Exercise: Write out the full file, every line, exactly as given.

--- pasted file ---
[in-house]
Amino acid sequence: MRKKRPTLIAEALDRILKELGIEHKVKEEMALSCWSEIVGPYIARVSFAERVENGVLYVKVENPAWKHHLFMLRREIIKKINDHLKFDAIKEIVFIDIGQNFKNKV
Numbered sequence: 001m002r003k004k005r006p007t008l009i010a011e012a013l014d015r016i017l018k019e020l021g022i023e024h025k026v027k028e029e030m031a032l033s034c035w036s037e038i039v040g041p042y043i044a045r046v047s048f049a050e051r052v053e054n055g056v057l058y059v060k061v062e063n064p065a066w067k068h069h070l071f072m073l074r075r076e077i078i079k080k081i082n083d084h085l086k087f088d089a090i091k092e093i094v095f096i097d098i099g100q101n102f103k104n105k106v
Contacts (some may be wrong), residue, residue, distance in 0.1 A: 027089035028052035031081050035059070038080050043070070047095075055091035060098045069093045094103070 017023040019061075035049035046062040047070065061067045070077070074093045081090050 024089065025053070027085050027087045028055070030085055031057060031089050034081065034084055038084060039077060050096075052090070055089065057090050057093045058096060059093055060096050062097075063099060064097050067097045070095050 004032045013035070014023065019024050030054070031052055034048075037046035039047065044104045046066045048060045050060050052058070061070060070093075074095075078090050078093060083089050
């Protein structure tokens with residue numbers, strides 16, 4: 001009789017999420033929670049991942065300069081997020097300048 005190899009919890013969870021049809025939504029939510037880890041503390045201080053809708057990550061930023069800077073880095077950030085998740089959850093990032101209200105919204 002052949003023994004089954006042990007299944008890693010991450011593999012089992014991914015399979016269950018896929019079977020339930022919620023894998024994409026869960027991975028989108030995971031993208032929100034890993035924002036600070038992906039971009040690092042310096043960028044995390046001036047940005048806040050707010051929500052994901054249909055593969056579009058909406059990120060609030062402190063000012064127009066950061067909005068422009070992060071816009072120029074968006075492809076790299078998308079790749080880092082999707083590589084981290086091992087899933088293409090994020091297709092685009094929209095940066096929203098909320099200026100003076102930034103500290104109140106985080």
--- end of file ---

[in-house]
Amino acid sequence: MRKKRPTLIAEALDRILKELGIEHKVKEEMALSCWSEIVGPYIARVSFAERVENGVLYVKVENPAWKHHLFMLRREIIKKINDHLKFDAIKEIVFIDIGQNFKNKV
Numbered sequence: 001m002r003k004k005r006p007t008l009i010a011e012a013l014d015r016i017l018k019e020l021g022i023e024h025k026v027k028e029e030m031a032l033s034c035w036s037e038i039v040g041p042y043i044a045r046v047s048f049a050e051r052v053e054n055g056v057l058y059v060k061v062e063n064p065a066w067k068h069h070l071f072m073l074r075r076e077i078i079k080k081i082n083d084h085l086k087f088d089a090i091k092e093i094v095f096i097d098i099g100q101n102f103k104n105k106v
Contacts (some may be wrong), residue, residue, distance in 0.1 A: 027089035028052035031081050035059070038080050043070070047095075055091035060098045069093045094103070 017023040019061075035049035046062040047070065061067045070077070074093045081090050 024089065025053070027085050027087045028055070030085055031057060031089050034081065034084055038084060039077060050096075052090070055089065057090050057093045058096060059093055060096050062097075063099060064097050067097045070095050 004032045013035070014023065019024050030054070031052055034048075037046035039047065044104045046066045048060045050060050052058070061070060070093075074095075078090050078093060083089050
């Protein structure tokens with residue numbers, strides 16, 4: 001009789017999420033929670049991942065300069081997020097300048 005190899009919890013969870021049809025939504029939510037880890041503390045201080053809708057990550061930023069800077073880095077950030085998740089959850093990032101209200105919204 002052949003023994004089954006042990007299944008890693010991450011593999012089992014991914015399979016269950018896929019079977020339930022919620023894998024994409026869960027991975028989108030995971031993208032929100034890993035924002036600070038992906039971009040690092042310096043960028044995390046001036047940005048806040050707010051929500052994901054249909055593969056579009058909406059990120060609030062402190063000012064127009066950061067909005068422009070992060071816009072120029074968006075492809076790299078998308079790749080880092082999707083590589084981290086091992087899933088293409090994020091297709092685009094929209095940066096929203098909320099200026100003076102930034103500290104109140106985080």